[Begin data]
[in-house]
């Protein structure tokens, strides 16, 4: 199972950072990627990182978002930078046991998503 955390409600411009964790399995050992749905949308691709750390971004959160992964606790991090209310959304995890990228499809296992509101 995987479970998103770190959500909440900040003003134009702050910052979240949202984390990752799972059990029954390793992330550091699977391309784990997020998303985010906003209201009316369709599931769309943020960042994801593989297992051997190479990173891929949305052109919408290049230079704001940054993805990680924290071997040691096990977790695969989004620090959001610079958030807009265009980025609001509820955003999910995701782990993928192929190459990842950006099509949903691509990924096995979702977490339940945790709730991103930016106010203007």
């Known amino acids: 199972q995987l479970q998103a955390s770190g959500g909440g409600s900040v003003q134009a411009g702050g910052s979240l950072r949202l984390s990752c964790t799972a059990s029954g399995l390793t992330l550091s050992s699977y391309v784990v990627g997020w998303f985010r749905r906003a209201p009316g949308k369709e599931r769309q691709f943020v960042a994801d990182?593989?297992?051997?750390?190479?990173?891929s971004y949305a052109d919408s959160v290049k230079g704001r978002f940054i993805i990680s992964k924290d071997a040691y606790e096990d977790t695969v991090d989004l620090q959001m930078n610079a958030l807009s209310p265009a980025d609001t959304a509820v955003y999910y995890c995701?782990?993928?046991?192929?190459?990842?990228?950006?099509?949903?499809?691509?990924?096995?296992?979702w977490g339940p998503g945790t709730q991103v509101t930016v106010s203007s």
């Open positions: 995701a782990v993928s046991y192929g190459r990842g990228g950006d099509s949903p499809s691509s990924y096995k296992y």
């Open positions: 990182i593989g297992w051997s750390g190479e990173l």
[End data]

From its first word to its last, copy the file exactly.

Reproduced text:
[in-house]
């Protein structure tokens, strides 16, 4: 199972950072990627990182978002930078046991998503 955390409600411009964790399995050992749905949308691709750390971004959160992964606790991090209310959304995890990228499809296992509101 995987479970998103770190959500909440900040003003134009702050910052979240949202984390990752799972059990029954390793992330550091699977391309784990997020998303985010906003209201009316369709599931769309943020960042994801593989297992051997190479990173891929949305052109919408290049230079704001940054993805990680924290071997040691096990977790695969989004620090959001610079958030807009265009980025609001509820955003999910995701782990993928192929190459990842950006099509949903691509990924096995979702977490339940945790709730991103930016106010203007």
């Known amino acids: 199972q995987l479970q998103a955390s770190g959500g909440g409600s900040v003003q134009a411009g702050g910052s979240l950072r949202l984390s990752c964790t799972a059990s029954g399995l390793t992330l550091s050992s699977y391309v784990v990627g997020w998303f985010r749905r906003a209201p009316g949308k369709e599931r769309q691709f943020v960042a994801d990182?593989?297992?051997?750390?190479?990173?891929s971004y949305a052109d919408s959160v290049k230079g704001r978002f940054i993805i990680s992964k924290d071997a040691y606790e096990d977790t695969v991090d989004l620090q959001m930078n610079a958030l807009s209310p265009a980025d609001t959304a509820v955003y999910y995890c995701?782990?993928?046991?192929?190459?990842?990228?950006?099509?949903?499809?691509?990924?096995?296992?979702w977490g339940p998503g945790t709730q991103v509101t930016v106010s203007s």
């Open positions: 995701a782990v993928s046991y192929g190459r990842g990228g950006d099509s949903p499809s691509s990924y096995k296992y």
């Open positions: 990182i593989g297992w051997s750390g190479e990173l």